For a given structure  (for some type ), this class contains all memory modifications that write at least one bit of an object representation of  (for an arbitrary type ).

We have presented these error classes in order of increasing detection difficulty. Class 5 is particularly challenging, because the invalid copy is bitwise indistinguishable from a valid object representation. The classes were developed during our investigation for a sound data-type semantics for non-trivially copyable types. We make no claim about their completeness. In the next section, we discuss how the different error classes may be detected with suitable variants of underspecified data-type semantics.

4 Type Sensitivity with Semantic Structures

In this section, we introduce the notion of type sensitivity to capture the requirement that no type errors occur as a result of memory modifications.

Definition 2 (Type Sensitivity).

A data-type semantics for a type  is type sensitive with respect to a class  of memory modifications if normal program termination implies that memory read with type was not changed by modifications in .

Applied to our approach, type sensitivity means that for every memory modification in some class , and for every subsequent read of a modified object with type , there must be a suitable semantic structure that can detect the modification as an error. More precisely, is suitable if is undefined for the modified object representation.

In the remainder of this section, we introduce three different variants of underspecified data-type semantics: plain object encodings, address-dependent object encodings, and external-state dependent object encodings. These variants are type sensitive with respect to increasingly large classes of modifications.

4.1 Plain Object Encodings

Plain object encodings for semantic structures are inspired by trivially copyable C++ data types. An object of trivially copyable type  can be bitwise copied into a sufficiently large () char array and back, and to any other address holding a -typed object, without affecting its value [10, §3.9(2)]. Examples of plain encodings for integers include two’s complement and sign magnitude, but also numeration systems augmented with, e.g., cyclic redundancy codes. The semantic structures for plain object encodings are as described in Def. 1, i.e., with no additional parameters.

Plain object encodings can detect reads from uninitialized memory (Class 1) and reads of constant data (Class 2), as exemplified in Sect. 2. Plain object encodings can also detect implicit casts of a differently typed object (Class 3) or parts of it (Class 4), provided is sufficiently rich, i.e., type-sensitive with respect to the relevant class. We shall return to this condition in Sect. 5.

Plain object encodings cannot detect errors from Class 5.

4.2 Address-Dependent Object Encodings

To prevent errors of Class 5, copies by wrong means must be detected on non-trivially copyable data types [10, §3.9(2)]. Plain object encodings cannot detect these copies, because eq. 2 in Def. 1 requires to be defined for all byte lists that are equal to a valid object representation.

Address-dependent object encodings are able to recognize most (but not all) object copies obtained by bitwise memory copy operations. For address-dependent object encodings we augment the two conversion functions with an additional address parameter , and adjust the left-inverse requirement of eq. 2 accordingly:

(3)

Address-dependent encodings generalize plain object encodings by allowing a different encoding for each address. They can therefore detect all errors from Classes 14. Errors from Class 5 can be detected as long as the bitwise copy is located at an address that is different from the address of the original object. This includes type errors caused by aliasing between different virtual addresses. However, eq. 3 prevents address-dependent object encodings from detecting those errors of Class 5 that overwrite memory with a bitwise copy of an object previously stored at the same address.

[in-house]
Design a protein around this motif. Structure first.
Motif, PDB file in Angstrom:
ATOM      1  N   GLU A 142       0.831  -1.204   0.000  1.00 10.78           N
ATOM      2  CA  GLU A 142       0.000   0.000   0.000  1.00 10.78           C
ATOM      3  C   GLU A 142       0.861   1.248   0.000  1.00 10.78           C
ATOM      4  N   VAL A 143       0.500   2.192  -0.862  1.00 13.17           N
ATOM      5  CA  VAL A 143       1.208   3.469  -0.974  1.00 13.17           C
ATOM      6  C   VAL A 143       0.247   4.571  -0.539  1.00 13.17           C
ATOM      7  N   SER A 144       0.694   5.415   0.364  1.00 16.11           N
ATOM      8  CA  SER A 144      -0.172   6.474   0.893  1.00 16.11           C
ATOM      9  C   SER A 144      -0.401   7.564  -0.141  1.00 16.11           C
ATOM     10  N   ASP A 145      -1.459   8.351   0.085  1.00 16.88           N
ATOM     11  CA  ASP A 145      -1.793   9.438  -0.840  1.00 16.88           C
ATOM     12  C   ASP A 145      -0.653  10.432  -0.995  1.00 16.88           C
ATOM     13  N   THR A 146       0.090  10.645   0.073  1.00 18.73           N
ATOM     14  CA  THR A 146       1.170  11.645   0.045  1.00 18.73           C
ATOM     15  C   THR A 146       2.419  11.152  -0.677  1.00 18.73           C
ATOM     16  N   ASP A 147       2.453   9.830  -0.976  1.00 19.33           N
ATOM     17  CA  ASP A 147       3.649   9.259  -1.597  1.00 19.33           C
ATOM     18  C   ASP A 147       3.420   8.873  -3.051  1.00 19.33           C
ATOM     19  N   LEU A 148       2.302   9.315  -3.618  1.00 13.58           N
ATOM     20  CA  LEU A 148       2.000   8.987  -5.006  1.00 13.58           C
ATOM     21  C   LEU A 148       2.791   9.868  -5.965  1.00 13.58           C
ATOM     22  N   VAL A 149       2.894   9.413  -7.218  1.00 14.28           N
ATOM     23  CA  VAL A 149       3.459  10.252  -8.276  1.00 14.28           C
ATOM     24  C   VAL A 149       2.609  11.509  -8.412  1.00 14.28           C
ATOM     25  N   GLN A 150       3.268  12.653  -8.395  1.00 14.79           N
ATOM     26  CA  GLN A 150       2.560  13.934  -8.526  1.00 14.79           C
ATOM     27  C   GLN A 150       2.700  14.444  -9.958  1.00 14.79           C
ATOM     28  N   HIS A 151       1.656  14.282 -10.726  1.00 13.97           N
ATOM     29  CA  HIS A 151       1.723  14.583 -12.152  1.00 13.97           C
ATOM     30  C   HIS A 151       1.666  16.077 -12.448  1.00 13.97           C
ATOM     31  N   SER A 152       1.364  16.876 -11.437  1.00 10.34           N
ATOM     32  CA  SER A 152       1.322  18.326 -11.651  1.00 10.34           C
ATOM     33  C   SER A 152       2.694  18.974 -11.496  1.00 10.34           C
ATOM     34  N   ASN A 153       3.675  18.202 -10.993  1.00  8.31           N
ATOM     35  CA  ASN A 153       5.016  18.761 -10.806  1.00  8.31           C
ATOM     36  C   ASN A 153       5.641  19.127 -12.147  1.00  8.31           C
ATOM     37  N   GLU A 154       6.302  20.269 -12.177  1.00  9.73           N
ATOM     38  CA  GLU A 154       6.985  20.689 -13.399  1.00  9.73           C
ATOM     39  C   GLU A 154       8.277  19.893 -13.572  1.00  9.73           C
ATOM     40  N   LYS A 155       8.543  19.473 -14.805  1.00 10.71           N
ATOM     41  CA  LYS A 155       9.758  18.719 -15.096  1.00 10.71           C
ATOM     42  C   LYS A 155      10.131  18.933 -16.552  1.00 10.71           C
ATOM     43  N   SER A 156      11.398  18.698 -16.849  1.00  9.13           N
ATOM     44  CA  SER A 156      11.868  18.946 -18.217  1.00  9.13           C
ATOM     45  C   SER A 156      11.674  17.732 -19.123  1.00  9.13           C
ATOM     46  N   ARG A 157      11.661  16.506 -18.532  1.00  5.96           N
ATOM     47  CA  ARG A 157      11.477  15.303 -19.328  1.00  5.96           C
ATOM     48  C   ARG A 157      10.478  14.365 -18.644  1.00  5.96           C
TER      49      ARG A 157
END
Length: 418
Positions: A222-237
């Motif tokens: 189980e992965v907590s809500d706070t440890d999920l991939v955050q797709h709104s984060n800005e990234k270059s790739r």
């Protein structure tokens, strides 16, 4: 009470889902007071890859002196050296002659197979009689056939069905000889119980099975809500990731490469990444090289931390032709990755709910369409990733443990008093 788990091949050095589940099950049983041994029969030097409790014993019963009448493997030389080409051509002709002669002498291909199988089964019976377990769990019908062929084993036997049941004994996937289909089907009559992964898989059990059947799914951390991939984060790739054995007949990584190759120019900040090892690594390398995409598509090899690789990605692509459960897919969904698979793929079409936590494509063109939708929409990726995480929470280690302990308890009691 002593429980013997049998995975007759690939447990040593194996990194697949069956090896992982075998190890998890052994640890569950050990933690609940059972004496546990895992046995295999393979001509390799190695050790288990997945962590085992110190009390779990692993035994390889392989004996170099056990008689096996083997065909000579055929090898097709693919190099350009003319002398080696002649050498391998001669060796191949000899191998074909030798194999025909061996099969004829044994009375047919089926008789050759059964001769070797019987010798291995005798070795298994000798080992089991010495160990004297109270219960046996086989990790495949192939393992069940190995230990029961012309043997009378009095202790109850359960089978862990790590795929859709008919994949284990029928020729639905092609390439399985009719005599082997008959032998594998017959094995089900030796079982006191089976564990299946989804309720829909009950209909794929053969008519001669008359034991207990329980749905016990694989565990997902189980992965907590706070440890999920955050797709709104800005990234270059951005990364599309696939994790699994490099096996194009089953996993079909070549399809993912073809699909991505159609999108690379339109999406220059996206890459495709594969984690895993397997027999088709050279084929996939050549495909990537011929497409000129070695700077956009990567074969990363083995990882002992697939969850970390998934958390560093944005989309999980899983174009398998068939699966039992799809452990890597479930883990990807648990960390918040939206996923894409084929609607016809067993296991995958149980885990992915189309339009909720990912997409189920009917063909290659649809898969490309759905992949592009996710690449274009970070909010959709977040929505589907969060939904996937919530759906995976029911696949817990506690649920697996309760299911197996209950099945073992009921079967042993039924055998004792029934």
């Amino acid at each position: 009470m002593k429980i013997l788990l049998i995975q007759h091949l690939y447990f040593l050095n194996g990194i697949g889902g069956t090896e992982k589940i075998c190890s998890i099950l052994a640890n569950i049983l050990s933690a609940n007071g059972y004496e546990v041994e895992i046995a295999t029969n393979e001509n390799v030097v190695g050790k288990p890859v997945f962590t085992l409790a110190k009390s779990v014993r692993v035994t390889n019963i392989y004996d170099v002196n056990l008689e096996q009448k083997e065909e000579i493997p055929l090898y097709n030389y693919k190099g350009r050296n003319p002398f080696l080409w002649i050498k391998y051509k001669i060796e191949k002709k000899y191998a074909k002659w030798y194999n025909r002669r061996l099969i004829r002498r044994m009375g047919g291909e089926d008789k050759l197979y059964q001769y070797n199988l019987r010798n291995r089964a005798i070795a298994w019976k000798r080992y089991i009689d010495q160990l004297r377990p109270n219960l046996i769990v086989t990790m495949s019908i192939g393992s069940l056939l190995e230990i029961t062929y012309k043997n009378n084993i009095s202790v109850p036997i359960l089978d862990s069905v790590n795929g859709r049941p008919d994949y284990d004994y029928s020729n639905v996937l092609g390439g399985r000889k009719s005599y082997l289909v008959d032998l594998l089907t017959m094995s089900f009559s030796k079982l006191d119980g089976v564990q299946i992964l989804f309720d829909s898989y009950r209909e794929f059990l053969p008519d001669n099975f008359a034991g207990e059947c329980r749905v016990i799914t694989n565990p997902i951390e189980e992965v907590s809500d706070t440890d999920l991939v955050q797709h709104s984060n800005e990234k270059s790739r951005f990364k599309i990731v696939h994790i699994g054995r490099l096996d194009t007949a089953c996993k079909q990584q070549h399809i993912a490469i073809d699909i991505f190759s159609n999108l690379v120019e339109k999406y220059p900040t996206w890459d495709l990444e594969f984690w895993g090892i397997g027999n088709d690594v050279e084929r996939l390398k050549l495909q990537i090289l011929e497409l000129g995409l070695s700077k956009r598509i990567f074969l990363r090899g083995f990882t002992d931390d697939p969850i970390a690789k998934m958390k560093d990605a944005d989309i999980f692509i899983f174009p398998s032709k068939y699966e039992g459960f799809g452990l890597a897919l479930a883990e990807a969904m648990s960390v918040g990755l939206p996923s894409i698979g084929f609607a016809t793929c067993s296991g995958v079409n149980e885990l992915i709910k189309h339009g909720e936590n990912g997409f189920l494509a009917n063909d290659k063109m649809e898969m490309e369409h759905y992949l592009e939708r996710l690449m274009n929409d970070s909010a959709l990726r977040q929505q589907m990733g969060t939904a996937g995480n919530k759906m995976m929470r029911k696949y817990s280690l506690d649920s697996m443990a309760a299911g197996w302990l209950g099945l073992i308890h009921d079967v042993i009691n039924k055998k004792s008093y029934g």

4.3 External-State Dependent Object Encodings

External-state dependent object encodings are the most complex data-type semantics that we consider in this paper. They can detect type errors from all classes discussed in Sect. 3, but require further additions to the definition of semantic structures.

4.3.1 Exploiting Protected Bits.

In general, error detection is easy if a part of the object representation is protected and cannot be overwritten by erroneous operations. One only has to make sure that the set contains semantic structures that store some kind of hash in the object representation. Then, when the unprotected part of the object representation is changed, the hash is wrong and from_byte will fail. External-state dependent object encodings develop this observation to the extreme. We will first see that it is sufficient to protect one bit only. After that, we will enrich the definition of semantic structures to make sure that there is always one protected bit.

Consider a type and a set of semantic structures that all have the same set of values and addresses and that all use the same object encodings, except for the first bit. The first bit of is if and and otherwise. The function fails if the first bit is different from what was specified for to_byte. That is, every protects just the value at address by setting the first bit of the object representation and leaves all other value/address combinations unprotected.

Consider now a memory copy operation that copies the object representation of from address to a different address but leaves the first bit at address intact. If this bit is then from structure will fail. If the first bit at was , will succeed, but all other structures will fail. In case and are the same address, the memory remains (provably) unchanged, so there is no error to detect. However, if the value at is overwritten with the object representation of a value that was previously stored there, either or will detect the error in case the first bit at remains unchanged.

We can conclude that a sufficiently large set  can detect all type errors from all classes, provided there is at least one protected bit that no erroneous memory modification can change.

4.3.2 Protecting Bits in External State.